Advisory Group, including a list of members, you can go to the
website for the California State Assembly Committee on Jobs,
Economic Development, and the Economy.

So what does this committee hope to accomplish? Since I know
there is usually a general amount of skepticism about what
government can do, let me emphasize some of the common concerns
driving this effort:

  • In the past 10 years, there has been a renewed interest by
    institutional investors in identifying businesses and real estate
    opportunities in emerging domestic markets. This growth in investor
    interest is driven, in part, by the recognition that changing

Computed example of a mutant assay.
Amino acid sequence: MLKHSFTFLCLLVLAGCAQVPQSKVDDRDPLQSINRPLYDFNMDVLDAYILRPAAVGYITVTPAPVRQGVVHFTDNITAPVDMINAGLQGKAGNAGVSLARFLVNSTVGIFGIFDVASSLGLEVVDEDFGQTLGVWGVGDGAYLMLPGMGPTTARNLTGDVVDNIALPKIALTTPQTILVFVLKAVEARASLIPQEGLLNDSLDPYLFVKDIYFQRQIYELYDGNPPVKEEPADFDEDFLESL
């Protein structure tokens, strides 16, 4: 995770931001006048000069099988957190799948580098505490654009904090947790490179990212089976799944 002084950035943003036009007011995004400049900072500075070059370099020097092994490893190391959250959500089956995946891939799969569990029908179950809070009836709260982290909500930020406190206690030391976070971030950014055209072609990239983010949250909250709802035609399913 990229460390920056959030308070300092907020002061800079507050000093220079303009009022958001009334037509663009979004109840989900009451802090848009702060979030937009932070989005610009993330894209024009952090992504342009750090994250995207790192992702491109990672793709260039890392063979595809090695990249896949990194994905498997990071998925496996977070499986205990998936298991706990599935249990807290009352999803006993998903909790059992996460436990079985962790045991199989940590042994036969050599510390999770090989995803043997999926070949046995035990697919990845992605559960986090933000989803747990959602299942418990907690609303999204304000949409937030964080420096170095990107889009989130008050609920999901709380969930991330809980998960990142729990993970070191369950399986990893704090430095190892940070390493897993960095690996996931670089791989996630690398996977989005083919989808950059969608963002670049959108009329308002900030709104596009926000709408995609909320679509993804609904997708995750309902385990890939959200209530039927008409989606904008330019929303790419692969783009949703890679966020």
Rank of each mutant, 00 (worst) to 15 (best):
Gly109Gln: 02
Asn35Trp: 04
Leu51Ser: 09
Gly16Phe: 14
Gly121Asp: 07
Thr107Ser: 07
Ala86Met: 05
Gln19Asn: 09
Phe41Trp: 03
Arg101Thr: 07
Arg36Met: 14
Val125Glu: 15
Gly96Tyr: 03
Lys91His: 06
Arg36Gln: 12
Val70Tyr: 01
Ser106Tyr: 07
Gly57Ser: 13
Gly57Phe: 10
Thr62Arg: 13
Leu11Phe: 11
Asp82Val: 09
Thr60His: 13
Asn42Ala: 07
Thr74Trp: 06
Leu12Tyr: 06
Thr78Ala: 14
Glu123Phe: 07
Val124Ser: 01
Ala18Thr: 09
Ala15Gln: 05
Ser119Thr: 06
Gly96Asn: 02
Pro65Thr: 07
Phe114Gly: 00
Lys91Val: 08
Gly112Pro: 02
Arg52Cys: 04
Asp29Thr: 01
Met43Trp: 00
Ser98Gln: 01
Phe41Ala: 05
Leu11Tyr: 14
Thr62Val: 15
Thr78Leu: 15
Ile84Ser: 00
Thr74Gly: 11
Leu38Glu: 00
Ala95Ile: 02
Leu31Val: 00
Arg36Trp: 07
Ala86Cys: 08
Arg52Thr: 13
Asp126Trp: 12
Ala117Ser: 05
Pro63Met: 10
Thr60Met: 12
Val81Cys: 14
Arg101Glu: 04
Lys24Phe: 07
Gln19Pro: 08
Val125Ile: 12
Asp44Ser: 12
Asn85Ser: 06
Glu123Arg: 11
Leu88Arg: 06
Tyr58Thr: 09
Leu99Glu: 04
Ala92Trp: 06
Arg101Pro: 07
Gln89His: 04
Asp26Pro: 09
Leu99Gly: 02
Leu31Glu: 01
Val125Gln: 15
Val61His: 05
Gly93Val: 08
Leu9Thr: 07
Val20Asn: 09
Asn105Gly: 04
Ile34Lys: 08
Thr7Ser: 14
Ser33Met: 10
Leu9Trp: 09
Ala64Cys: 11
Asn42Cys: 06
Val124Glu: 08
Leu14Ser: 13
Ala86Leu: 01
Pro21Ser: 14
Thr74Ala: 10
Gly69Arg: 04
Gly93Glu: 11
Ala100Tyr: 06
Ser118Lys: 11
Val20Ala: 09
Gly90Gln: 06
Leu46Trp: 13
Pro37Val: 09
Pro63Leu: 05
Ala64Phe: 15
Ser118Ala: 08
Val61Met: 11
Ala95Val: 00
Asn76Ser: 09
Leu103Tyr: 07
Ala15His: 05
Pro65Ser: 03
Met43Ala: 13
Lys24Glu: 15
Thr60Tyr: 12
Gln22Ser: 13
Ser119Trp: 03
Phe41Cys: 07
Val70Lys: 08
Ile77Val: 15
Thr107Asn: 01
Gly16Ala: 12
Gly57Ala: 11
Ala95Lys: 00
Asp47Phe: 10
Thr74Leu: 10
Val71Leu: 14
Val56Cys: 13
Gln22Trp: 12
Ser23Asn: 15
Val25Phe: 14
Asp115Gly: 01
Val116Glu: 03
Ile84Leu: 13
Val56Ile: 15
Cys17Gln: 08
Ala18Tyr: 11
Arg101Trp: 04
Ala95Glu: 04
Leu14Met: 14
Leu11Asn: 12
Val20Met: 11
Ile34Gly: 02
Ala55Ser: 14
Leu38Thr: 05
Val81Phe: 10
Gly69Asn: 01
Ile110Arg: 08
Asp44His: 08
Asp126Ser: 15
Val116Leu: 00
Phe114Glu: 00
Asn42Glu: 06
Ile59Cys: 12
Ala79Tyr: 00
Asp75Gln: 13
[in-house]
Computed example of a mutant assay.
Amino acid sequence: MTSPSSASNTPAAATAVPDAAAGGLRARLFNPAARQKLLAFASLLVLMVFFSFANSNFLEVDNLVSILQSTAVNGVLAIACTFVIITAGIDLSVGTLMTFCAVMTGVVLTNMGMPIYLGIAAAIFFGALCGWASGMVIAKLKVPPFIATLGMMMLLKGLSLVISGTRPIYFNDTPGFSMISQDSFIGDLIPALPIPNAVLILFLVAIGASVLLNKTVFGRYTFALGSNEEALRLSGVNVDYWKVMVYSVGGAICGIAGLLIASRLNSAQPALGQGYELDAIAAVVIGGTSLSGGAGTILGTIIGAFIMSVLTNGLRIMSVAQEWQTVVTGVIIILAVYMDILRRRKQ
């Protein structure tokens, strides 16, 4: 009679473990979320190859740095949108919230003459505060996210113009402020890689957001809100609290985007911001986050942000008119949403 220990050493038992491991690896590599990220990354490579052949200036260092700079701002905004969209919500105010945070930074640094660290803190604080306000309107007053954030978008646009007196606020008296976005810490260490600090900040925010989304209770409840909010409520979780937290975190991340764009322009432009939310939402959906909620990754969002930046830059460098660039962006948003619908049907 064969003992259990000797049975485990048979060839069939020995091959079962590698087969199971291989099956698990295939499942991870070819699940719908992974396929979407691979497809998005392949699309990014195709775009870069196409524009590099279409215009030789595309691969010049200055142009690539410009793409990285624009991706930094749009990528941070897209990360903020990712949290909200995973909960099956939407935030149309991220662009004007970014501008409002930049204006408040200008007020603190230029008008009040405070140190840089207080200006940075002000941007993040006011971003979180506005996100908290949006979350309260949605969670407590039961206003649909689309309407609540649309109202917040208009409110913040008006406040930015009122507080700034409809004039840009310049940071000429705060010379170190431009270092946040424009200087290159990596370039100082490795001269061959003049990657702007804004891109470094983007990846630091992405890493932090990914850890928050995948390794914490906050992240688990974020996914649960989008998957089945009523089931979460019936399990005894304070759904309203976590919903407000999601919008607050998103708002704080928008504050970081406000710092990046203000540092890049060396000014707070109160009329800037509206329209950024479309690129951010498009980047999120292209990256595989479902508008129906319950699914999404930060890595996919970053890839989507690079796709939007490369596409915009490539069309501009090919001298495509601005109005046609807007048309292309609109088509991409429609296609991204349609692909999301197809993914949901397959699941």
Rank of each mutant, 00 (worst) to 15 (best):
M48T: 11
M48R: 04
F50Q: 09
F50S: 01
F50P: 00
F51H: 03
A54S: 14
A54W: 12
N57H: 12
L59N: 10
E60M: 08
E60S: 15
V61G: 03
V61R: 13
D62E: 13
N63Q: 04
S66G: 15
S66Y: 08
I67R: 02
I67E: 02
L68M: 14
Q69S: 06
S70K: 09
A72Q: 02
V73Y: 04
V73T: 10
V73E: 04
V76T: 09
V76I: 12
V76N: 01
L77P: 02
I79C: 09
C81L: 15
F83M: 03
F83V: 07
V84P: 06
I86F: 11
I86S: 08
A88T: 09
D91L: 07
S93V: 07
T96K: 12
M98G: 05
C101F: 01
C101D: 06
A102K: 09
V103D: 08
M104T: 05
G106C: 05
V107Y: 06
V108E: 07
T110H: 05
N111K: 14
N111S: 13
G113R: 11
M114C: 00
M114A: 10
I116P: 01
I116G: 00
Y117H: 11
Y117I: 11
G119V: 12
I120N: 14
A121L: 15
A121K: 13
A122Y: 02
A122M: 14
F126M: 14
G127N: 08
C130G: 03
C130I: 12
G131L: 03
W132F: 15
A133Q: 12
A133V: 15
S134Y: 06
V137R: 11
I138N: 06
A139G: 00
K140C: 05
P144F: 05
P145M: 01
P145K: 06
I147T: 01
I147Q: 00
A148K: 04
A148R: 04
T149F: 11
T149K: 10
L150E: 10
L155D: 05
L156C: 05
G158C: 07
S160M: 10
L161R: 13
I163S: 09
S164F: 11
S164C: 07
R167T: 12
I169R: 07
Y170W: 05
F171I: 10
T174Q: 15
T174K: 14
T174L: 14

demographics in the U.S have resulted in a significant increase in
    minority purchasing power and business development by
    minority-owned firms.
  • The IRS predicts that Latinos will soon own 10 percent of
    businesses. Overall growth rates in the number of minority-owned
    businesses are three to four times higher than for white-owned
    businesses.
  • Small businesses provide approximately 75 percent of net new
    jobs in the nation. In California, small businesses comprise more
    than 98 percent of all businesses, and businesses with less than
    five employees make up more than 88 percent of all businesses in
    the state.
  • Despite their growth, emerging domestic markets’ ability to
    grow is constrained by their access to capital. Even after
    accounting for a variety of factors, such as education, experience,
    industry and location, EDM firms receive less capital and on less
    advantageous terms. Latinos and blacks are turned down for business
    loans at 3 times the rate of whites with equivalent credit